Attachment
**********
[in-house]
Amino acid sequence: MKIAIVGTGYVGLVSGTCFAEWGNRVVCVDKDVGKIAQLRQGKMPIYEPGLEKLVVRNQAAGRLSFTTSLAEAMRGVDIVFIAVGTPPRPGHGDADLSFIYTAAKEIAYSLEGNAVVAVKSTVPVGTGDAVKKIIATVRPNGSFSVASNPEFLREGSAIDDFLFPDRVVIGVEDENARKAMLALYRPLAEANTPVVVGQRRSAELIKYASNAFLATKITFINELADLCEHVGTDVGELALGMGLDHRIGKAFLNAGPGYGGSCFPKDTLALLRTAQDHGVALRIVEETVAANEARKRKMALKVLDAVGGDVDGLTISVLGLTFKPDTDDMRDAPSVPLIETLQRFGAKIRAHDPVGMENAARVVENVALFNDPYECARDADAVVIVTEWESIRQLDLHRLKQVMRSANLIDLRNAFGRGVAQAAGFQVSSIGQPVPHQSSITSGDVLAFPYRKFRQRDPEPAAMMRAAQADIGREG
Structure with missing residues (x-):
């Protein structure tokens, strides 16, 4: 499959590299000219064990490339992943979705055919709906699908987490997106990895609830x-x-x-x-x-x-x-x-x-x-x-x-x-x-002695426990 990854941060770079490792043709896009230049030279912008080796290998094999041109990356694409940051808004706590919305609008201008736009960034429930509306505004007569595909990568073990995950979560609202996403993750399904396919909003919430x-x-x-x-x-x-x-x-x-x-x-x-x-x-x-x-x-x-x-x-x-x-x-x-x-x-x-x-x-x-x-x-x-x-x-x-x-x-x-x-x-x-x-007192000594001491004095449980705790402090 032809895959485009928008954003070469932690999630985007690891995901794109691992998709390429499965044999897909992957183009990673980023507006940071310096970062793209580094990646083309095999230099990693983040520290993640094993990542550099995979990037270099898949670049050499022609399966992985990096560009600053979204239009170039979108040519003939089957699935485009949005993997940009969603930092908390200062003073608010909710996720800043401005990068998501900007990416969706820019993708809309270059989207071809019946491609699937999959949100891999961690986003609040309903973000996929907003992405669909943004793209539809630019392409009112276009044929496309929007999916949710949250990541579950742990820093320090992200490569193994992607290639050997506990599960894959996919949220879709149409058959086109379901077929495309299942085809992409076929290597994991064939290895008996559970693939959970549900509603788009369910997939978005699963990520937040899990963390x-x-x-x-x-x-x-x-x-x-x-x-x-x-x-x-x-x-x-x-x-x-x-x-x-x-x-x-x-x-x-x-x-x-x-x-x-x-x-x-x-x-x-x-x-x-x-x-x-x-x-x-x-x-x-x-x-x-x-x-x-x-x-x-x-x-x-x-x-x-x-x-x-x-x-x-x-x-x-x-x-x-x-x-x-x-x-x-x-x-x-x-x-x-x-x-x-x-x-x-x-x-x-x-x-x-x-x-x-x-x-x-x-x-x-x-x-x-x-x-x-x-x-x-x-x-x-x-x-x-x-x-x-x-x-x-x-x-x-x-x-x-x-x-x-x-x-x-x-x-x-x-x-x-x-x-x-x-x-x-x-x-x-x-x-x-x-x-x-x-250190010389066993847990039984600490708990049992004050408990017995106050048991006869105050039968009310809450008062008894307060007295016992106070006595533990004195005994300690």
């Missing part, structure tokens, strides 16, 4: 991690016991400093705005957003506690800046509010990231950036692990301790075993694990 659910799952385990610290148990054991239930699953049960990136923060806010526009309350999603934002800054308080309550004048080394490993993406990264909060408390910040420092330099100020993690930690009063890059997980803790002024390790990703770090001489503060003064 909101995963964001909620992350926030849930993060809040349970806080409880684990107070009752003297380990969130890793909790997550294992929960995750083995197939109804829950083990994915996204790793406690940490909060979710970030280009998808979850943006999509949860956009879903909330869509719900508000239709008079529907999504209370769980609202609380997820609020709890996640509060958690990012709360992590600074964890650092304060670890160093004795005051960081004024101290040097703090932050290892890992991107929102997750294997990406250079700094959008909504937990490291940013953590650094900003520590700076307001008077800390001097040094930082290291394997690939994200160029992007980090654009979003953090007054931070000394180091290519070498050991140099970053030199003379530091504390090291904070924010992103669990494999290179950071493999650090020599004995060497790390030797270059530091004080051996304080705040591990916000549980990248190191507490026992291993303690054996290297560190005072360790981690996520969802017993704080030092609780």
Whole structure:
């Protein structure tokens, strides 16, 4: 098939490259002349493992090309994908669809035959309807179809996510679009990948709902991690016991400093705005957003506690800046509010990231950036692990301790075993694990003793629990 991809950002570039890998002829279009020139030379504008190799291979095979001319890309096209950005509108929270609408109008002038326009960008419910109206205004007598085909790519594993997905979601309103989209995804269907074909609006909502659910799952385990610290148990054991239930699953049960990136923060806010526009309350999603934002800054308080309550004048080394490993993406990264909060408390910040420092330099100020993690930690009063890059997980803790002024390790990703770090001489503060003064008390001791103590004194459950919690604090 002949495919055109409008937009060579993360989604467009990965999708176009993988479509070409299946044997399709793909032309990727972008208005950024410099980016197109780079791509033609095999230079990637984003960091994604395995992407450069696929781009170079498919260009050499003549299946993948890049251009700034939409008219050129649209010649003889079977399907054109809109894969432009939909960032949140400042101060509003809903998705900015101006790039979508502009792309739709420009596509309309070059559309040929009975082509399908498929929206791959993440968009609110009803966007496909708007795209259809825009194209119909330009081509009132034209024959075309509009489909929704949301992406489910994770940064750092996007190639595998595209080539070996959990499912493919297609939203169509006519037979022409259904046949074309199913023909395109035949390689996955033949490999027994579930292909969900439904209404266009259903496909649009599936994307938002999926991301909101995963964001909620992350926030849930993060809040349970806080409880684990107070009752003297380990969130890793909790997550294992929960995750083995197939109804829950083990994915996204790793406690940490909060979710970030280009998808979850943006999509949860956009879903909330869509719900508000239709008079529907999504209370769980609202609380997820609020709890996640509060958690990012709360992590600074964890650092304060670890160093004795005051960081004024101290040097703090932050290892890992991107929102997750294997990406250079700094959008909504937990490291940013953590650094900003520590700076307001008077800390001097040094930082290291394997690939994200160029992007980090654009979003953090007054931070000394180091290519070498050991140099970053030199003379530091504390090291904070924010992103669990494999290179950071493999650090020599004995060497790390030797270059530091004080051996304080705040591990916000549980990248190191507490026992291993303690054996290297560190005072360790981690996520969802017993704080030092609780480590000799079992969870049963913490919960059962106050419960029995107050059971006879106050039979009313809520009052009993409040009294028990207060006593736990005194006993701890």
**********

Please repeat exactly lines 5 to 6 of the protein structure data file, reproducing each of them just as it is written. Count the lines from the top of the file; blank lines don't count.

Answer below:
């Missing part, structure tokens, strides 16, 4: 991690016991400093705005957003506690800046509010990231950036692990301790075993694990 659910799952385990610290148990054991239930699953049960990136923060806010526009309350999603934002800054308080309550004048080394490993993406990264909060408390910040420092330099100020993690930690009063890059997980803790002024390790990703770090001489503060003064 909101995963964001909620992350926030849930993060809040349970806080409880684990107070009752003297380990969130890793909790997550294992929960995750083995197939109804829950083990994915996204790793406690940490909060979710970030280009998808979850943006999509949860956009879903909330869509719900508000239709008079529907999504209370769980609202609380997820609020709890996640509060958690990012709360992590600074964890650092304060670890160093004795005051960081004024101290040097703090932050290892890992991107929102997750294997990406250079700094959008909504937990490291940013953590650094900003520590700076307001008077800390001097040094930082290291394997690939994200160029992007980090654009979003953090007054931070000394180091290519070498050991140099970053030199003379530091504390090291904070924010992103669990494999290179950071493999650090020599004995060497790390030797270059530091004080051996304080705040591990916000549980990248190191507490026992291993303690054996290297560190005072360790981690996520969802017993704080030092609780």
Whole structure: